Saturday, April 07, 2007

Upon the Night Horizon


The night is jet black,
No star,
No light.
Upon the horizon,
Bare trees,
A moon rises like
No moon
The corpse light shines upon us,
In death.
A shriek rends the night
The rise of brotherhood,
The smart,
The damned,


Standifer Evasto Visum said...

I sure like your poems better'n my own.

I never could grasp its intricacies (poetry).

I suppose it requires a mathematical brain.

Whatever it takes, I know you are good at it (and that makes me want to write it that much more, eh, eh).

Miguel Cuthbert said...

My poem was inspired by your poem!

The speaker is a follower (believer) of Bluestein who suddenly sees that to fellowship with his Rabbi (become one of the smart) he must enter into a cold dead world. The only light the light of Bluestein's intellect.

This could be built upon: the moon represents both wisdom and madness, beauty but over a lifeless landscape.

Standifer Evasto Visum said...

Ah yes.

I remember as a lad, reading of that one great mind, that mind to end all minds, Mr. Robert Goddard.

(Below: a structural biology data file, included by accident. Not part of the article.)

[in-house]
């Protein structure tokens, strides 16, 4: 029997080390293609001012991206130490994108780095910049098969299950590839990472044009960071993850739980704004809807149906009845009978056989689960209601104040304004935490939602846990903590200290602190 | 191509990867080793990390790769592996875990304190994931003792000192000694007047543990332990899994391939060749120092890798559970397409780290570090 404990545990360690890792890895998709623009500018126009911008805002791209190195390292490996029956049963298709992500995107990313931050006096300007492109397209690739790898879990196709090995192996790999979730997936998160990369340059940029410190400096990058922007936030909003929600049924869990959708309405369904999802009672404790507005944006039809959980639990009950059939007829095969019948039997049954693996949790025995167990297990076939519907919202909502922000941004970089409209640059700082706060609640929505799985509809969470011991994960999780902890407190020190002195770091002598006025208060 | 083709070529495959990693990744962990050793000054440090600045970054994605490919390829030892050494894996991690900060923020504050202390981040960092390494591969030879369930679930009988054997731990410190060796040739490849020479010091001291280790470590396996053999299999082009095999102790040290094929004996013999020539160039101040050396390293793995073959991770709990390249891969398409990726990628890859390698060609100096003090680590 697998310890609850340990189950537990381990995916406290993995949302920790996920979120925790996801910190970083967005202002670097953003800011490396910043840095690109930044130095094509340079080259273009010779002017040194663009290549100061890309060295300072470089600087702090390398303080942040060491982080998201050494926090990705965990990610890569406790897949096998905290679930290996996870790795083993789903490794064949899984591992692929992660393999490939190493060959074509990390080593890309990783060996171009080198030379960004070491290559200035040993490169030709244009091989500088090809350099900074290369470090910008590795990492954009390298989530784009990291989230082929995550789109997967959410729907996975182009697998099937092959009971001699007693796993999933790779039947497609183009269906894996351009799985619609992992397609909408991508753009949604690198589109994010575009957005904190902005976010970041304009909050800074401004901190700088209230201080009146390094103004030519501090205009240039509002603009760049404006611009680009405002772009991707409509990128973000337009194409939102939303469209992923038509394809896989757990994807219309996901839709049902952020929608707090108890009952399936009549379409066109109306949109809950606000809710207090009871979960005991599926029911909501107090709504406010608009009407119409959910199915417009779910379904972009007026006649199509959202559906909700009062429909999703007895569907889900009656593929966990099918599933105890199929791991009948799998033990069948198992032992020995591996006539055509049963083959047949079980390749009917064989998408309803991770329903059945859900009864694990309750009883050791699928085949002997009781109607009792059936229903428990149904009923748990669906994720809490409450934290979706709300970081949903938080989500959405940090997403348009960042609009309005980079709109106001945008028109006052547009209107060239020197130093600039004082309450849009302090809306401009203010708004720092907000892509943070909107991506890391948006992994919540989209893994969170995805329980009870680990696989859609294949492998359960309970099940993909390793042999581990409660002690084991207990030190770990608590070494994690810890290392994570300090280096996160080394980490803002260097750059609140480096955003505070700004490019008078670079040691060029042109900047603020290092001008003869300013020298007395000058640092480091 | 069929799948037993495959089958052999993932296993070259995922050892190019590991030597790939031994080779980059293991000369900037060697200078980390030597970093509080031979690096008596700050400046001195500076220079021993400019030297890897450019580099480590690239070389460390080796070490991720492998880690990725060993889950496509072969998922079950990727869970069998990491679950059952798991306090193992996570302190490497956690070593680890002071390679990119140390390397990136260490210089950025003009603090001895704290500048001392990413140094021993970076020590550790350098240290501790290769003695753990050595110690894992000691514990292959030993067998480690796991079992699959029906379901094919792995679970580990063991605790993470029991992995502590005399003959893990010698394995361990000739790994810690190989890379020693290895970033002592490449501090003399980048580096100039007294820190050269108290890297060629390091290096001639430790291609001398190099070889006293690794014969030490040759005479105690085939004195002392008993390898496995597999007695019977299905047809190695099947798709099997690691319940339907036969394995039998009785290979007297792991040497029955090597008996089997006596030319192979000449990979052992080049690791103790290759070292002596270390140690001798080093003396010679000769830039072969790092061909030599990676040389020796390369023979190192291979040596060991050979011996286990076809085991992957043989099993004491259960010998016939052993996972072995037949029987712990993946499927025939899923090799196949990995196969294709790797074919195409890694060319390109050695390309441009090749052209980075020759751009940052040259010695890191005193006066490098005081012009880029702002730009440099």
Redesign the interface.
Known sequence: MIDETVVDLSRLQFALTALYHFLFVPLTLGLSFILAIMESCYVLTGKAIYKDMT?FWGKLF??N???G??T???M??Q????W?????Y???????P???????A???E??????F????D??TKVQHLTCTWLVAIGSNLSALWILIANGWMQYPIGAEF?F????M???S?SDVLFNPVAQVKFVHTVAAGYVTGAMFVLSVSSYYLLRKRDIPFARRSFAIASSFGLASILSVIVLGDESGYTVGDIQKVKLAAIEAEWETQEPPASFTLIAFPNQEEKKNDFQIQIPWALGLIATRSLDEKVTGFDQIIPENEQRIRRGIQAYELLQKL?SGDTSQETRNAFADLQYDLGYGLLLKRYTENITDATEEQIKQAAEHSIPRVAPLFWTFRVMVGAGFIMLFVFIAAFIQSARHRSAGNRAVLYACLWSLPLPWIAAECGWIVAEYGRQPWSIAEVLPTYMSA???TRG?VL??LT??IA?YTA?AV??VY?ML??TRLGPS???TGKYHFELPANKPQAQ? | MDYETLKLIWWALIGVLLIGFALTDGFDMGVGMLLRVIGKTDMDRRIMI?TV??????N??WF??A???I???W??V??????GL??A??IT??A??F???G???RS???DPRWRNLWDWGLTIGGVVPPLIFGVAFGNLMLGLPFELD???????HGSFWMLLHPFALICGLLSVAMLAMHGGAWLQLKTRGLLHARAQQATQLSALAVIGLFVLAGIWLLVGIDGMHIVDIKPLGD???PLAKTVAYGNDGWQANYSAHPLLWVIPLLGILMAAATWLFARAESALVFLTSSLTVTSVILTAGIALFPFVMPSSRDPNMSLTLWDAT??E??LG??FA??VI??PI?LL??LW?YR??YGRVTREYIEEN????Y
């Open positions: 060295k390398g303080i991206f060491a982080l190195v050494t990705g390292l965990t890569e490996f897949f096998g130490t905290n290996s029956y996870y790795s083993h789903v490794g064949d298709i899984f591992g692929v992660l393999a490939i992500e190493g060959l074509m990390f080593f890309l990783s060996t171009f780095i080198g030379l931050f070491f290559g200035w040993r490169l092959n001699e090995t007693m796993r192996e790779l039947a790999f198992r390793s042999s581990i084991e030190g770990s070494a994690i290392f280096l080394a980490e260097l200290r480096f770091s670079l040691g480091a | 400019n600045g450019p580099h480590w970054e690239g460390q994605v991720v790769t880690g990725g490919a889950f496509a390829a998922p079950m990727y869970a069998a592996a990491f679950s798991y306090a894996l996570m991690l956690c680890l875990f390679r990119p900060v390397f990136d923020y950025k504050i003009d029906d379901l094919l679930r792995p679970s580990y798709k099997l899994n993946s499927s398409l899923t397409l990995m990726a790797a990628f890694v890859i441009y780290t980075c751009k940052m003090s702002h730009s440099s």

"Mooney" they called him (as he was mad).

Who would possibly dream of sending a rocket to the moon but a mad, mad man (or the CBS network, where they had a man-made moon scape that Dan Rather used to enjoy skipping across as he wore his leader-hosen, and fancy tights).

But as a lad, it was my concept of him that he was not that one known as "mooney", but rather, "Old Goddard, that man who made those fancy, big pipes that emitted explosive flames from their rear-ends".

Bluestein, on the other hand, is no Robert Goddard.

Robert Goddard was a genius (and no maker of Minorah).

Why, he celebrated Christmas by launching a Tannenbaum across Walden's Pond (I heard it set Longfellah to writin' poetry).

Yup. He was a veritable genius. And he was no Jew. No sir.

His ass wuz as white as Don Imus'.

And I think he was Polish, to boot!